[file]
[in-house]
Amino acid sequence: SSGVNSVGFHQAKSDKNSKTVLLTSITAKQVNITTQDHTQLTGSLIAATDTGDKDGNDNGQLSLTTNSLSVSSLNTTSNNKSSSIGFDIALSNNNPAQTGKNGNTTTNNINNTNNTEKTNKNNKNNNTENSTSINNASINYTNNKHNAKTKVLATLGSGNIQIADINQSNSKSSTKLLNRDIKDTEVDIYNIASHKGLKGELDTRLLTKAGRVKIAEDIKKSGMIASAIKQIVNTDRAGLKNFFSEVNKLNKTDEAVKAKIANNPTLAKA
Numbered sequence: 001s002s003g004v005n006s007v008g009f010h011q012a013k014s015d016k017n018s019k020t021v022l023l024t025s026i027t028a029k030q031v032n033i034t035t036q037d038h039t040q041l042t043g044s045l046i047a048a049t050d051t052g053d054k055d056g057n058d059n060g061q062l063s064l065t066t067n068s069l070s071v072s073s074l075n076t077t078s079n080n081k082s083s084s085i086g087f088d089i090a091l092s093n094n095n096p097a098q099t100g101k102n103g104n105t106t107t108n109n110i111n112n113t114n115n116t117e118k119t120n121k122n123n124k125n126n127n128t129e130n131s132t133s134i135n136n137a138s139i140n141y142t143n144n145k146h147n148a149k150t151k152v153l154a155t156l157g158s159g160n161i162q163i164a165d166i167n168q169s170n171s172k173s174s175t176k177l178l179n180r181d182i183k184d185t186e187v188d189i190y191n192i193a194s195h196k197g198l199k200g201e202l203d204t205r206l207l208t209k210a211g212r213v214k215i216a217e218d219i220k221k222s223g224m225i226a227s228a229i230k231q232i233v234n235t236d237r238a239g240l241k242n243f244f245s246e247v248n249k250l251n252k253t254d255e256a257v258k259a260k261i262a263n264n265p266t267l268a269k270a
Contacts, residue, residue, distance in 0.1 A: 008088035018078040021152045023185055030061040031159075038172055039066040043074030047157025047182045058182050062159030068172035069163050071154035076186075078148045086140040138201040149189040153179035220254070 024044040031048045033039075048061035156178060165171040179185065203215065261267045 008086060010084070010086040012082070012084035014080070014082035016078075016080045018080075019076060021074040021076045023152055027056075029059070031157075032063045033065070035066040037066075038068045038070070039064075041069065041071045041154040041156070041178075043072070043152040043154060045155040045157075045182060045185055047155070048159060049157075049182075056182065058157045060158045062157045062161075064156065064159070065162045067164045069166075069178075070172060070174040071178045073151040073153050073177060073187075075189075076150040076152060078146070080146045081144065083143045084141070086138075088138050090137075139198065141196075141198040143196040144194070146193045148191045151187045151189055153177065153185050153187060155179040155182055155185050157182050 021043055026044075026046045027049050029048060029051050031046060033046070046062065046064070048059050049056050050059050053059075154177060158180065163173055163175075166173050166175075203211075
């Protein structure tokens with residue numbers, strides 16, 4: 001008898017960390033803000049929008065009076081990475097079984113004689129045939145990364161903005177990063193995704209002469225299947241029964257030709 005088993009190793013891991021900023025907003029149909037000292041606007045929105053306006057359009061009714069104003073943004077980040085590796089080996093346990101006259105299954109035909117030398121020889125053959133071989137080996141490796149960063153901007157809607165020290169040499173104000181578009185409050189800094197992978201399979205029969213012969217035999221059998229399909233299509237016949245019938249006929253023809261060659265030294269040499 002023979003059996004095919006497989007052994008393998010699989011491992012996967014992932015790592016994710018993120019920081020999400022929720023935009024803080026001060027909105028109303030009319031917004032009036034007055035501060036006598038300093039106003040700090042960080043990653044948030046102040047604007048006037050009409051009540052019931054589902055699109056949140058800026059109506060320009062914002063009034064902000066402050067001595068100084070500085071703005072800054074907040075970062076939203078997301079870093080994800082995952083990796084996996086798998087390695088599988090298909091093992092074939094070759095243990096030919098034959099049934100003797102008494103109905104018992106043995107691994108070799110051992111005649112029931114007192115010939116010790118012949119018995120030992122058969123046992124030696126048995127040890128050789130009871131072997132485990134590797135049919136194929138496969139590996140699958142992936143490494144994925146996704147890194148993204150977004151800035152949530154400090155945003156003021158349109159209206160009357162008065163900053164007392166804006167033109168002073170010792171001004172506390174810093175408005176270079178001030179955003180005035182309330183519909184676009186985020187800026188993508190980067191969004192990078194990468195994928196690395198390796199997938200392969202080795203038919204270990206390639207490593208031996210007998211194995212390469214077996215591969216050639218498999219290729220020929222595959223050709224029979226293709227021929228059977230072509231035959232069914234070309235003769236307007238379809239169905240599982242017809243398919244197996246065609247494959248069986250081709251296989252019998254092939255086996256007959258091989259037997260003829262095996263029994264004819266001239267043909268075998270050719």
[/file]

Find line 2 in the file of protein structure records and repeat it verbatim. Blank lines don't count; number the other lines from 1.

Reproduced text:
Amino acid sequence: SSGVNSVGFHQAKSDKNSKTVLLTSITAKQVNITTQDHTQLTGSLIAATDTGDKDGNDNGQLSLTTNSLSVSSLNTTSNNKSSSIGFDIALSNNNPAQTGKNGNTTTNNINNTNNTEKTNKNNKNNNTENSTSINNASINYTNNKHNAKTKVLATLGSGNIQIADINQSNSKSSTKLLNRDIKDTEVDIYNIASHKGLKGELDTRLLTKAGRVKIAEDIKKSGMIASAIKQIVNTDRAGLKNFFSEVNKLNKTDEAVKAKIANNPTLAKA